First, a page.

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Saluting the sun in paradise

Tristan Davies visits one of the most blissful spots on Earth. But then signs up for yoga at the crack of dawn and believed he had ruined his Maldives dream - but had he?

I know people who do yoga, of course, but I view them with deep suspicion. I have a sister who's a yoga instructor and of the opinion I would be a healthier, happier person if I saluted the sun every morning.

However, when presented with the prospect of a week in the Maldives, with a little light yoga thrown in, I readily agreed.

Not because it would make me a better person, but because I've been to the Maldives before. Turquoise sea, multi-coloured cocktails - that's what I call balm for the troubled mind.

A little downward dog seemed a small price to pay for all this.

Hotel Baros: an idyllic boutique retreat with peaceful overwater villas

Baros is among 100 tiny-island resorts rising out of this glistening stretch of Indian Ocean. 

It's a 20-minute speedboat ride from Male, the islands' capital - and it looked gorgeous the moment it hove into view, with dusty-white beaches. Once we've disembarked, there's a cocktail waiting for us (and a rolled damp flannel, obviously) in an open-air bar beneath a canopy of palm trees.

Camouflaged behind beautiful bougainvillea lie the 45 beach villas, each with a sea view and its own stretch of beach.

The island is tiny - 380 yards long and 331 yards wide - with sandy foot-printed paths winding from one end to the other.

The resort's over-water villas offer a refined style of luxury

We've booked one of the 30 'overwater' thatched villas on stilts at the far tip. As we tread the boards of our deck, our attention is drawn to shadows in the shallows - and we catch sight of a trio of 3ft-long reef sharks swimming lazily beneath our feet. 

Baros has its own coral reef, and a private ocean teeming with stunning sea-life easily accessible a few feet from your sunbed.

The villa was big and luxurious. And beyond the infinity plunge pool lies your own private Indian Ocean. Unbelievably, 600 yards away, there was a couple standing in the middle of it. Or so it seemed.

We discovered we could lower ourselves from the ladder at the end of our deck and walk, the water no more than thigh-high, to a small sandbank where we could enjoy the view of the island from out-at-sea level.

As we enjoyed this idyllic experience, an unwelcome thought crept in. I had signed up for yoga every morning. At 7am.

A beautiful setting for a romantic meal for two at The Lighthouse

But before that there's dinner - posh nosh at the Lighthouse restaurant or the simpler but equally delicious menu at Lime. (There's a third restaurant, Cayenne, for pizzas and light lunches.)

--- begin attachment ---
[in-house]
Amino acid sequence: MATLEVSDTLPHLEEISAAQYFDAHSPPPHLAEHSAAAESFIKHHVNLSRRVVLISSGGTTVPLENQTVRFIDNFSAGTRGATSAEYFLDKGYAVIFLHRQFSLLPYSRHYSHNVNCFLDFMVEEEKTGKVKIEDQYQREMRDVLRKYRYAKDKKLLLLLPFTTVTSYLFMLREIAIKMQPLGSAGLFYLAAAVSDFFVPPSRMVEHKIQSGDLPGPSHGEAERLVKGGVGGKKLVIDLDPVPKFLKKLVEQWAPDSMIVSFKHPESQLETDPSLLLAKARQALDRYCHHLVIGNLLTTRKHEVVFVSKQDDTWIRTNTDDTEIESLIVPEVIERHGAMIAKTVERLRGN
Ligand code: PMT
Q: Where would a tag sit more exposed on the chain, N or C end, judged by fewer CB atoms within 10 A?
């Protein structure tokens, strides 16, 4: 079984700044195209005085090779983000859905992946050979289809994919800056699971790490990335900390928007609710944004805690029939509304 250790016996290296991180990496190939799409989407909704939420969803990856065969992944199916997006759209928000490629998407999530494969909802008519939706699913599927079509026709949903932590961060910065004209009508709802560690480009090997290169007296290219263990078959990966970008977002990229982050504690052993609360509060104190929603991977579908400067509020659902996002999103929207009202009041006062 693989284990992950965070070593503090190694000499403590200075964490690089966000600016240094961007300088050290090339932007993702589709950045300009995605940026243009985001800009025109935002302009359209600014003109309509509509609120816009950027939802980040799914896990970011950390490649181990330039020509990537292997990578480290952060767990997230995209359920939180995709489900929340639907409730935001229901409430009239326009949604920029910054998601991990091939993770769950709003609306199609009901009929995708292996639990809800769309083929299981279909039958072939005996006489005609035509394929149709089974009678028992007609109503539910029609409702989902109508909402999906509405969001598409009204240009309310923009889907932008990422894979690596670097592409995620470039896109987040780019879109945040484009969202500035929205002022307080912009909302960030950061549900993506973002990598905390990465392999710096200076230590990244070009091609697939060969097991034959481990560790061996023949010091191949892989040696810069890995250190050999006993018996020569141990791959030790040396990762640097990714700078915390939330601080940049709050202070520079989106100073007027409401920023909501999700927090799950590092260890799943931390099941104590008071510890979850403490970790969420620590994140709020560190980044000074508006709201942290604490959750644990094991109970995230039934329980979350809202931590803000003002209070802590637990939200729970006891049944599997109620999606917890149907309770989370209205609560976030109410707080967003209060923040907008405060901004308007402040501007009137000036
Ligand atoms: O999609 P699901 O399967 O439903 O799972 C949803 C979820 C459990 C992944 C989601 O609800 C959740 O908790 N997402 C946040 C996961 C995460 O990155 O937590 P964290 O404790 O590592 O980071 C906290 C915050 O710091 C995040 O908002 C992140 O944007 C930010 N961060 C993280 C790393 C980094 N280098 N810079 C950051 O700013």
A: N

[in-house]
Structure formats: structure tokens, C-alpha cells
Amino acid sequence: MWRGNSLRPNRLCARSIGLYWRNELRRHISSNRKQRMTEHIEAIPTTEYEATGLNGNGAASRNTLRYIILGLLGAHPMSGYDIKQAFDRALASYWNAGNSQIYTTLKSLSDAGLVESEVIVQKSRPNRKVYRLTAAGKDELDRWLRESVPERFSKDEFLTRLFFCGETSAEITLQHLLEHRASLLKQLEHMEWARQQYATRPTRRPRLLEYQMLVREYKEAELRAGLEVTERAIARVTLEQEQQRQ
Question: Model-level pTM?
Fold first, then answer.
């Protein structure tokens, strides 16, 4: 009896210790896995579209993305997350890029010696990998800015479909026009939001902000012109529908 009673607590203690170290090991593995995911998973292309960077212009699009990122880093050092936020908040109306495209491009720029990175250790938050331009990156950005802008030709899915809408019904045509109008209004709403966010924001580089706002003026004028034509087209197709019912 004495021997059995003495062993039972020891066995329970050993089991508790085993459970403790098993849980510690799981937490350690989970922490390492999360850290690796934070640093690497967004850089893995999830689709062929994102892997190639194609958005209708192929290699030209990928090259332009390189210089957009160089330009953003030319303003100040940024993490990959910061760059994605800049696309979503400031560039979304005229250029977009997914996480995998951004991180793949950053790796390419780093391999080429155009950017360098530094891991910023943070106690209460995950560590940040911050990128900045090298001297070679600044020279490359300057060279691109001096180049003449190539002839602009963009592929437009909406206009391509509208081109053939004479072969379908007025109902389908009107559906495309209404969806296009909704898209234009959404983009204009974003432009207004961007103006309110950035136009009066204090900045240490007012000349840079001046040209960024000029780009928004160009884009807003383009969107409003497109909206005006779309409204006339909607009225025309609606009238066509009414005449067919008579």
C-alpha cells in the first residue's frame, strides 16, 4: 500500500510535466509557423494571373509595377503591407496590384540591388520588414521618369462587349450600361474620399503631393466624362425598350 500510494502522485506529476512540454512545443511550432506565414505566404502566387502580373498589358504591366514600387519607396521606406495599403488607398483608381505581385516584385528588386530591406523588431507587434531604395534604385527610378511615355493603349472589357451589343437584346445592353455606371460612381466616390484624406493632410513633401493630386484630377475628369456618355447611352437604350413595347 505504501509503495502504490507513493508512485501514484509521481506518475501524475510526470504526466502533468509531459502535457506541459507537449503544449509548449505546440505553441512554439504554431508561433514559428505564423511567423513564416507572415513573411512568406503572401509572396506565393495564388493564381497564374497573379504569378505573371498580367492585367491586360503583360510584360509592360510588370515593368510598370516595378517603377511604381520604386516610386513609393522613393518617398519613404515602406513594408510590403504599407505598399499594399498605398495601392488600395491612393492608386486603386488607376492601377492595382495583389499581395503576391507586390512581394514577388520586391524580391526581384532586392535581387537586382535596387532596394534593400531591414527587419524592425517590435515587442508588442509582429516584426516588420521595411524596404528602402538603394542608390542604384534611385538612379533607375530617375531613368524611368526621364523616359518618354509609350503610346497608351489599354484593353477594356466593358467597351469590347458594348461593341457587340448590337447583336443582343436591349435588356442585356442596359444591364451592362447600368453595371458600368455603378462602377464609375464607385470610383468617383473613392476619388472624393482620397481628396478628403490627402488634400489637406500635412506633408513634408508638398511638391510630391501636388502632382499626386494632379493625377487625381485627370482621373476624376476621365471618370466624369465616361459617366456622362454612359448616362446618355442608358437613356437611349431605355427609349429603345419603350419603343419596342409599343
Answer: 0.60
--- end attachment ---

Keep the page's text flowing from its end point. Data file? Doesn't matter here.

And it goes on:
And also a massage. The Baros masseuses pummel like Olympians and I waft down to dinner in a blissful daze.
The food's fantastic and I float back to our room. How much more relaxed can a man get? I was about to find out.

At 6.30am we are padding down to meet Kumar, our yogi for the week. I dislike him on sight. He is small and lithe, glowing with good health, and looks like the kind of man who can flip himself forward and balance on the palm of his hand.

I do a downward dog, in a mongrel fashion. I salute the sun and I balance on one foot, cross over my elbows and bend and stretch and breathe.

And, to my astonishment, I love every moment of it.

Kumar is the kindest, most patient teacher I've ever met. He made each hour melt into mere minutes.

At dawn each day, I was rolling out of bed with something approaching enthusiasm. By day three I was volunteering for evening meditation.

Did yoga teach me to relax? I should say so. I've never slept better, though the snorkelling off Baros's coral reef - teeming with every colour of tropical fish, and, on one occasion, a giant sea turtle - would calm anyone.

Spoil yourself and surprise your partner onboard the motorised yacht Serenity

Did it make me a nicer person? Well, I did plant some coral as part of the Baros conservation programme.

My time on this tiny tropical island involved eating, drinking, swimming, snorkelling and sleeping - and, obviously, meditating and yogitating.

There are no water sports here (hurrah!), and no underwater nightclubs.
What they do, they do brilliantly, simply, without fuss. Blissed-out bliss at its most blissful.

Om, as we yoga converts like to say. Shanti, shanti, shanti.

First published in the Mail Online -  February 2018

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